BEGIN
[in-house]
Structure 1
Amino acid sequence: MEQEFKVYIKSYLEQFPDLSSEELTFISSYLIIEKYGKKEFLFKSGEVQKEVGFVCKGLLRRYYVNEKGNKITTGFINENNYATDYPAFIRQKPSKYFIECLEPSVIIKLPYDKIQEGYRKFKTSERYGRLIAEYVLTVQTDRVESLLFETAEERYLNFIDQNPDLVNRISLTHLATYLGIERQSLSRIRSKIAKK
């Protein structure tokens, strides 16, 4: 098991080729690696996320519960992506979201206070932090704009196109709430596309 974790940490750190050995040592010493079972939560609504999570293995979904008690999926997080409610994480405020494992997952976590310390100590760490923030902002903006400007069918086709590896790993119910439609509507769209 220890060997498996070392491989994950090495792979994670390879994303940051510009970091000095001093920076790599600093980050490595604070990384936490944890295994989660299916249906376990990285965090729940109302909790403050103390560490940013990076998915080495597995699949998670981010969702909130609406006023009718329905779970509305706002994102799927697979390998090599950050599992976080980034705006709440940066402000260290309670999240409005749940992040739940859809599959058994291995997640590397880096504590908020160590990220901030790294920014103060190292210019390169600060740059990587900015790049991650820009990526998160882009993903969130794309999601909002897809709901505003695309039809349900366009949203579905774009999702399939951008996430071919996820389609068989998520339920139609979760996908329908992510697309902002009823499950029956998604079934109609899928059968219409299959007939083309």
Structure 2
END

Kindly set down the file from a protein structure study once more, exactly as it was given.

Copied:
[in-house]
Structure 1
Amino acid sequence: MEQEFKVYIKSYLEQFPDLSSEELTFISSYLIIEKYGKKEFLFKSGEVQKEVGFVCKGLLRRYYVNEKGNKITTGFINENNYATDYPAFIRQKPSKYFIECLEPSVIIKLPYDKIQEGYRKFKTSERYGRLIAEYVLTVQTDRVESLLFETAEERYLNFIDQNPDLVNRISLTHLATYLGIERQSLSRIRSKIAKK
């Protein structure tokens, strides 16, 4: 098991080729690696996320519960992506979201206070932090704009196109709430596309 974790940490750190050995040592010493079972939560609504999570293995979904008690999926997080409610994480405020494992997952976590310390100590760490923030902002903006400007069918086709590896790993119910439609509507769209 220890060997498996070392491989994950090495792979994670390879994303940051510009970091000095001093920076790599600093980050490595604070990384936490944890295994989660299916249906376990990285965090729940109302909790403050103390560490940013990076998915080495597995699949998670981010969702909130609406006023009718329905779970509305706002994102799927697979390998090599950050599992976080980034705006709440940066402000260290309670999240409005749940992040739940859809599959058994291995997640590397880096504590908020160590990220901030790294920014103060190292210019390169600060740059990587900015790049991650820009990526998160882009993903969130794309999601909002897809709901505003695309039809349900366009949203579905774009999702399939951008996430071919996820389609068989998520339920139609979760996908329908992510697309902002009823499950029956998604079934109609899928059968219409299959007939083309």
Structure 2